Interest rates

Inflation and interest rates: how Switzerland is different

Inflation will also be felt in Switzerland, according to Nannette Hechler-Fayd’herbe, although Swiss inflation is still low compared to other countries. Fabio Nay (Live Fabrik GmbH)

It will take some time before inflation drops again, according to Nannette Hechler-Fayd’herbe, chief investment officer at Credit Suisse. The economist expects an upcoming rise in interest rates in the United States, and a similar rise in Switzerland in 2022 can no longer be ruled out.

This content was published on April 8, 2022 – 09:00

Fabio Canet

“Inflation is already making itself felt – also in Switzerland,” says Nannette Hechler-Fayd’herbe, Chief Investment Officer for Wealth Management at Credit Suisse and global head of the bank’s internal research department. Indeed, inflation in Switzerland currently stands at 2.2% – and thus above the National Bank’s target of “less than 2%”. The last time inflation in Switzerland was this high was before the 2008 financial crisis.

Prices will rise further due to the “geopolitical shock”, according to Hechler-Fayd’herbe. She refers to the Russian war in Ukraine, which is once again driving up oil and gas prices.

Compared to other countries, however, inflation in Switzerland remains low. In the United States, prices have recently increased by 7.5% year-on-year. This is the largest increase since 1982. At 5.8%, inflation in Europe is also well above the target set by the European Central Bank (ECB). Both the US Federal Reserve and the ECB are targeting an inflation rate of 2%.

How is Switzerland different?

Hechler-Fayd’herbe sees two main differences between Switzerland and other countries. First, rents in Switzerland are not indexed, so they do not automatically increase with inflation. Secondly, electricity prices in Switzerland fluctuate less than elsewhere. These two factors mean that prices in Switzerland are rising relatively slowly. “I’m currently not worried about inflation in Switzerland,” she says.

The situation in the United States is more complicated. “It will certainly take some time before US inflation drops again,” adds the expert.

Inflation expectations are at the heart of the work of Hechler-Fayd’herbe. These increase, for example, when people expect central banks to react too weakly to inflation. Interest rates should rise to 2.75% by the end of 2023 to keep inflation under control, she said. Its assessment therefore more or less coincides with that of the US Federal Reserve, which estimates that an interest rate of 2.5% will stabilize inflation in the longer term.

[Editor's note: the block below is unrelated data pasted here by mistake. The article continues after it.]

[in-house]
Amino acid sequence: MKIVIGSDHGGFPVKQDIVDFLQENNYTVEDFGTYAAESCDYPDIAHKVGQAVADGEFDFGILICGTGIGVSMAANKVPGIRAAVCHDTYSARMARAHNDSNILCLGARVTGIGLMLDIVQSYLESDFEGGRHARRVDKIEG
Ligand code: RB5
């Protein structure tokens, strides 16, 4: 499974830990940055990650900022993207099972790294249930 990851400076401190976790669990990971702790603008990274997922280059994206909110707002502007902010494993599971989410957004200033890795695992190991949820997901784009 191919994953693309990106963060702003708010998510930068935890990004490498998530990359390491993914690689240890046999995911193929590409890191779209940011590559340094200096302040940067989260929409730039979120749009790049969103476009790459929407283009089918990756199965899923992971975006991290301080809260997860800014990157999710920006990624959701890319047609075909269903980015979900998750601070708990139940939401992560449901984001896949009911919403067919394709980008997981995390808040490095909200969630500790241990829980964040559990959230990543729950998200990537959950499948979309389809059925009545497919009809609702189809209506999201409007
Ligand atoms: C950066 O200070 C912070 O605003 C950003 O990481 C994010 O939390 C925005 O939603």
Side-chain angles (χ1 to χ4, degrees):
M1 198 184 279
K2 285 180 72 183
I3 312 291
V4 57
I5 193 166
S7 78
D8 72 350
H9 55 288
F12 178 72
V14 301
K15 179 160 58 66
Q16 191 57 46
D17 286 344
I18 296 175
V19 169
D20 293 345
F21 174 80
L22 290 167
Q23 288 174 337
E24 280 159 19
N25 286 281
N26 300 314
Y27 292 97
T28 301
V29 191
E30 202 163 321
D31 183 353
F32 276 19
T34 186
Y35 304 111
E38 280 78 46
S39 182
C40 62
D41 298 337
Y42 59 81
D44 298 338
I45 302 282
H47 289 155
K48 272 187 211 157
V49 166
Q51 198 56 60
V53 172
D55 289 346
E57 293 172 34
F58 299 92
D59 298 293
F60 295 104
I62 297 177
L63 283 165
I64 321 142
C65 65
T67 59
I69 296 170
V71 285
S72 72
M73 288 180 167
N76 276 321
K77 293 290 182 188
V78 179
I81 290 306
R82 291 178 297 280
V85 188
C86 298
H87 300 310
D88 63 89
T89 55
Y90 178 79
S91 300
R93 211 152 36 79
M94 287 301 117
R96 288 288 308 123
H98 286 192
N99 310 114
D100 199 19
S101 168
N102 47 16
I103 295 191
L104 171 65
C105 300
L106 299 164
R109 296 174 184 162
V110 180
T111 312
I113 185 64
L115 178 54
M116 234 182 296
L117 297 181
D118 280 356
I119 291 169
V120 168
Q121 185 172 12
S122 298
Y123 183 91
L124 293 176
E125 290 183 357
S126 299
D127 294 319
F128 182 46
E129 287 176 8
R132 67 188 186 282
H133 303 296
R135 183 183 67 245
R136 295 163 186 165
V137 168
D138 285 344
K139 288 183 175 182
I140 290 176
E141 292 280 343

“But the question will be whether the Fed can really raise interest rates above 2%,” said the economist. If a central bank raises interest rates too quickly, short-term loans suddenly become more expensive than long-term ones. In the jargon, this is called an inversion of the yield curve.

Swiss interest rates could rise

Many experts, including Hechler-Fayd’herbe, view inverted yield curves as a bad omen. “Although inverted yield curves do not trigger economic crises, they are often an indicator of an impending slowdown or recession,” she says. It is therefore possible that the Fed will refrain from raising interest rates too much. She thinks that one thing is certain in any case: “inflation will not relapse so quickly”.

Credit Suisse expects a reversal of Swiss monetary policy in 2023. By then, more than 180 months will have passed since the last interest rate hike by the Swiss National Bank. Its key rate is currently 0.75%.

However, the National Bank’s key interest rate could rise soon, Hechler-Fayd’herbe believes, for example if the ECB raises interest rates much earlier than expected. The ECB no longer excludes it. And a higher inflation forecast by the Swiss National Bank could also lead to an earlier rise in interest rates in Switzerland: “If the National Bank forecasts inflation above 2%, its key rate could rise again as soon as 2022,” says Hechler-Fayd’herbe.

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The author Fabio Canetg obtained his doctorate in monetary policy from the University of Bern and the Toulouse School of Economics. He is now a lecturer at the University of Bern.

As a journalist, he works for SRF Arena, Republik Magazin and SWI swissinfo.ch. He hosts the monetary policy podcast “Geldcast”.

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Translated from German by Julia Bassam.

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